Ancient Mayan city unearthed in Mexico
2013 06 20

From: PastHorizons



Extensive Maya city discovered in Campeche

A team led by archaeologist Ivan Sprajc, has announced the discovery of an ancient Maya city called Chactún, “Red Stone” or “Piedra Grande” . Located in the southeast area of Campeche, it represents one of the largest sites of the Mexican Central Lowlands.

Discovered a few weeks ago, the archaeologists believe that the city was at the centre of a vast region between 600 and 900 AD. The extent of the site measures more than 22 hectares, and contains a number of monuments, with at least a dozen of them bearing inscriptions.

Hidden in the jungle for centuries

Throughout the centuries, Chactún remained hidden in the jungle of the northern Biosphere Reserve of Calakmul, which is part of an area over 3,000 square kilometres, located between the Rio Bec and Chenes region. This area until now, has remained as a total blank on the archaeological map of the Maya region.

“It is one of the largest sites in the Central Lowlands, comparable in extent and magnitude of its buildings with Becan, Nadzcaan and El Palmar in Campeche,” said the Sprajc, who works for the Research Centre of the Slovenian Academy of Sciences and Arts.

The ancient Maya metropolis is one of 80 sites that have been identified by the Archaeological Survey Project in Southeastern Campeche, which began in 1996. The location of these sites was based primarily on recognition from large-scale aerial photography.

Some sites like Uxul and Kings wall had previously been described by explorers such as Karl Ruppert, in the 1930s. However, Chactún was largely ignored by scientific expeditions until today.

Encouraged archaeological exploration

In 1989 the region was declared part of the Biosphere Reserve and archaeological exploration was made possible.

“With aerial photographs examined stereoscopically, we find many features that were obviously architectural remains. From there we took the coordinates and the next step was to locate the ancient routes used by tappers and loggers to reach the area, ” explained Sprajc.

[...]

Read the full article at: pasthorizonspr.com



"It’s been hidden for 1400 years and is one of the most important cities in Mayan civilisation. Now it’s been found in the Mexican jungle.’











Related Articles


Latest News from our Front Page

The Aeon of Horus is Ending and the Elites are Nervous as their Icons are Dying
2014 04 18
I predict there is going to be a huge resurgence of interest in European indigenous spiritual traditions from Norse to Celtic/Gaelic to Slavic and so on. Millions of Europeans are going to realise that we are the victims of Christianity and New Age garbage. Their bastardised Kabbalah, the psychic force used by Crowley and the elites to cement his Aeon ...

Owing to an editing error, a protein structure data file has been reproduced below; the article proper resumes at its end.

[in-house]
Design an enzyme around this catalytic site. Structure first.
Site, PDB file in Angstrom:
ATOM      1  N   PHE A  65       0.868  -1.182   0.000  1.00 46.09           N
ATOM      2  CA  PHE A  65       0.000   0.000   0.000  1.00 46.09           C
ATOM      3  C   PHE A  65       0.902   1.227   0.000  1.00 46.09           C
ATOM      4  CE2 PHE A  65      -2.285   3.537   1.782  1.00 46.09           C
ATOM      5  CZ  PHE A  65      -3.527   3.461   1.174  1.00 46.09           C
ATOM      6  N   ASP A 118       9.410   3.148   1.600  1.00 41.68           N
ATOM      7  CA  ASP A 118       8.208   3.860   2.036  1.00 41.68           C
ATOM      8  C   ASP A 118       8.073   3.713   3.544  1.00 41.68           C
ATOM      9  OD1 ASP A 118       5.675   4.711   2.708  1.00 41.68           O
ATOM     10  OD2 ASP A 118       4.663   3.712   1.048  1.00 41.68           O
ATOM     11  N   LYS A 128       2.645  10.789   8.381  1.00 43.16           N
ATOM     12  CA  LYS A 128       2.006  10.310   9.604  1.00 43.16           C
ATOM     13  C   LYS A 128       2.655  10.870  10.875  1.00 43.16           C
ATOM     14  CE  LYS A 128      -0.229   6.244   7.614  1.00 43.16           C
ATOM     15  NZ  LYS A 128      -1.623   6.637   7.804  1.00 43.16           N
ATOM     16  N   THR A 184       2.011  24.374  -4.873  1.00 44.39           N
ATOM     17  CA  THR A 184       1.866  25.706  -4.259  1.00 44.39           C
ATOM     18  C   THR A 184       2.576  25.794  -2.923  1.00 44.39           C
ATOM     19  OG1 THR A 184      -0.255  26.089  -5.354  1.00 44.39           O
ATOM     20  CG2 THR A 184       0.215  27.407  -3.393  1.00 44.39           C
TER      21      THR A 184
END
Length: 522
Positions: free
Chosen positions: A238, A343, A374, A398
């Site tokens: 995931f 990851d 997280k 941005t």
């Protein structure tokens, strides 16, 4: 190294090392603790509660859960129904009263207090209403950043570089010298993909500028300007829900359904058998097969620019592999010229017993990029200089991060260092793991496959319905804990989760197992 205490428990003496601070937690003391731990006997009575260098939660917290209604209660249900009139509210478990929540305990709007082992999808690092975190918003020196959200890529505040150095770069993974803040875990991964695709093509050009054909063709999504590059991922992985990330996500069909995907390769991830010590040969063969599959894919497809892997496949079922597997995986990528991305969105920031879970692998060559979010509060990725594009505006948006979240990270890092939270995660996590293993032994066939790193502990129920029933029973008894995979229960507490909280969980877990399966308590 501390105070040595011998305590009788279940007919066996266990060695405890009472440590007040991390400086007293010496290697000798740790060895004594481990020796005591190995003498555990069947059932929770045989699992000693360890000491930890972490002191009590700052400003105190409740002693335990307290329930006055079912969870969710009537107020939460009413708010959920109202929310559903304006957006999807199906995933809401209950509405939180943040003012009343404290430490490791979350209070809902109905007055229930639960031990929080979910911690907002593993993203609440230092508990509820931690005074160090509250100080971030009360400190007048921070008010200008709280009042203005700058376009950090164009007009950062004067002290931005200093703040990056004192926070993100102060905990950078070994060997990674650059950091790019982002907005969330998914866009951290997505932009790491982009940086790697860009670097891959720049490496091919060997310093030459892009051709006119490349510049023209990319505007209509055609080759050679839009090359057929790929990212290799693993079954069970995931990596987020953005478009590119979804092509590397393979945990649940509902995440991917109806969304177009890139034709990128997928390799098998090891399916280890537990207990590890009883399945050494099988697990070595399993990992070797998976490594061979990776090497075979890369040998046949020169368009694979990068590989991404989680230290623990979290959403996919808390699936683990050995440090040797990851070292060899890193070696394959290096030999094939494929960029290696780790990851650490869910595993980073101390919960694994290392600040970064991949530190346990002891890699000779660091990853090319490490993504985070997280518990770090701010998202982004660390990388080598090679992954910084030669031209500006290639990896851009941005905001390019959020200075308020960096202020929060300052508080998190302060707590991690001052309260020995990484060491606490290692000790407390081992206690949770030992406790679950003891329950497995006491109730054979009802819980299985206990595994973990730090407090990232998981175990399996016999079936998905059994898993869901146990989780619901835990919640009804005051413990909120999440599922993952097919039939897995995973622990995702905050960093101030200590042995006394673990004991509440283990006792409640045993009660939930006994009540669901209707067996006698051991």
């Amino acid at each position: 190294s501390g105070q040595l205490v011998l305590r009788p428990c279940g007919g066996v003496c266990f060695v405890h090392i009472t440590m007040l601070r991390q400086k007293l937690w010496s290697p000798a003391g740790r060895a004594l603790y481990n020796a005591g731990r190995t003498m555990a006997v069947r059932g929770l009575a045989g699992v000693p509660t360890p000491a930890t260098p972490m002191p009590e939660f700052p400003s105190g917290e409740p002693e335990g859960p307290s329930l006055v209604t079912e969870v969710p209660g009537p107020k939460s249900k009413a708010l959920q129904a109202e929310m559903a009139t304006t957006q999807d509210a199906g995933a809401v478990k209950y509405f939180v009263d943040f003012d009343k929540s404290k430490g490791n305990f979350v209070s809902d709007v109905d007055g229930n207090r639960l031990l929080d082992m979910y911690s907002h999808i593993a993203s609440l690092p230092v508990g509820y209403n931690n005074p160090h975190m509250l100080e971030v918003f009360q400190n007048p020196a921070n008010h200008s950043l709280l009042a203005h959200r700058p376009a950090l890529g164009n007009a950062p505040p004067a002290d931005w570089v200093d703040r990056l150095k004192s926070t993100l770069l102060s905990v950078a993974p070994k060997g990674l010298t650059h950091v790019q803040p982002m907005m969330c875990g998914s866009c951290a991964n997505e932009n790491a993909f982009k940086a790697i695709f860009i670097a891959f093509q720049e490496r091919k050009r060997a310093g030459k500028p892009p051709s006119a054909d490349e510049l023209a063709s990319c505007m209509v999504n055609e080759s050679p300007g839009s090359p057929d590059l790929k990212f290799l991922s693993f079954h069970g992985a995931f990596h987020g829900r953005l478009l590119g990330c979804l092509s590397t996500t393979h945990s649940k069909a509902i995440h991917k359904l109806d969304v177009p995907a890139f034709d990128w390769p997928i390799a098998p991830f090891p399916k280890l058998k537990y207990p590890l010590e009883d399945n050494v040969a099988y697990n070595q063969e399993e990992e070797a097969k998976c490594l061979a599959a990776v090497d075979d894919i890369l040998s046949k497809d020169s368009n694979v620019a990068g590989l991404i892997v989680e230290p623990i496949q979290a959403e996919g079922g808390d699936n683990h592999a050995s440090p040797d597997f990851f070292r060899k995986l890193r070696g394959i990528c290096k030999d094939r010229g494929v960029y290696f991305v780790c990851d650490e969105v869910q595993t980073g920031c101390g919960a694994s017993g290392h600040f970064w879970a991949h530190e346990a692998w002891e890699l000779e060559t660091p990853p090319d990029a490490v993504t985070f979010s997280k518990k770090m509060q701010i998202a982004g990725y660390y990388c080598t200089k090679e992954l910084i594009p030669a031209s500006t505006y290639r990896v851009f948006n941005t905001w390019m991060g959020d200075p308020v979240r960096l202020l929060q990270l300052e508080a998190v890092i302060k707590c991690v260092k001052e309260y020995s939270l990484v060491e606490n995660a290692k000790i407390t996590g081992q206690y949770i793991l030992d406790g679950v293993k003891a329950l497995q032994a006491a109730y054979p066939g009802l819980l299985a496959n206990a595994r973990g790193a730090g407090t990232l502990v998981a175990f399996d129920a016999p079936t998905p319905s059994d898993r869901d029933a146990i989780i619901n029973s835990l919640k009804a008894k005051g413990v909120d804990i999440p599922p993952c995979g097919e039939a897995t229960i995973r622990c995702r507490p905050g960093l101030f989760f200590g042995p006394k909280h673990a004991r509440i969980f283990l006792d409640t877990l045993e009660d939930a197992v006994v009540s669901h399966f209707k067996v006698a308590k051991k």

Easter - Christian or Pagan?
2014 04 18
From: truthbeknown.com Contrary to popular belief, Easter does not represent the "historical" crucifixion and resurrection of Jesus Christ. In reality, the gospel tale reflects the annual "crossification" of the sun through the vernal equinox (Spring), at which time the sun is "resurrected," as the day begins to become longer than the night. Rather than being a "Christian" holiday, Easter celebrations date back ...
Man-Made Blood Might Be Used in Transfusions by 2016
2014 04 18
Researchers in the U.K. have created the first man-made red blood cells of high enough quality to be introduced into the human body The premise of the HBO show and book series True Blood revolves around a technological breakthrough: scientists figure out how to synthesize artificial human blood, which, as an ample new source of non-human food, allows vampires to "come ...
The Trials of the Cherokee Were Reflected In Their Skulls
2014 04 18
Researchers from North Carolina State University and the University of Tennessee have found that environmental stressors – from the Trail of Tears to the Civil War – led to significant changes in the shape of skulls in the eastern and western bands of the Cherokee people. The findings highlight the role of environmental factors in shaping our physical characteristics. ...
Our Fears May Be Shaped by Ancestral Trauma
2014 04 18
Last December, an unsettling Nature Neuroscience study found that mice who were taught to associate the smell of cherry blossoms with pain produced offspring who feared the smell of cherry blossoms, even if they had never been exposed to it before. We knew that the process was epigenetic—that it was not hard-wired in the permanent genetic structure of the mouse—but ...
More News »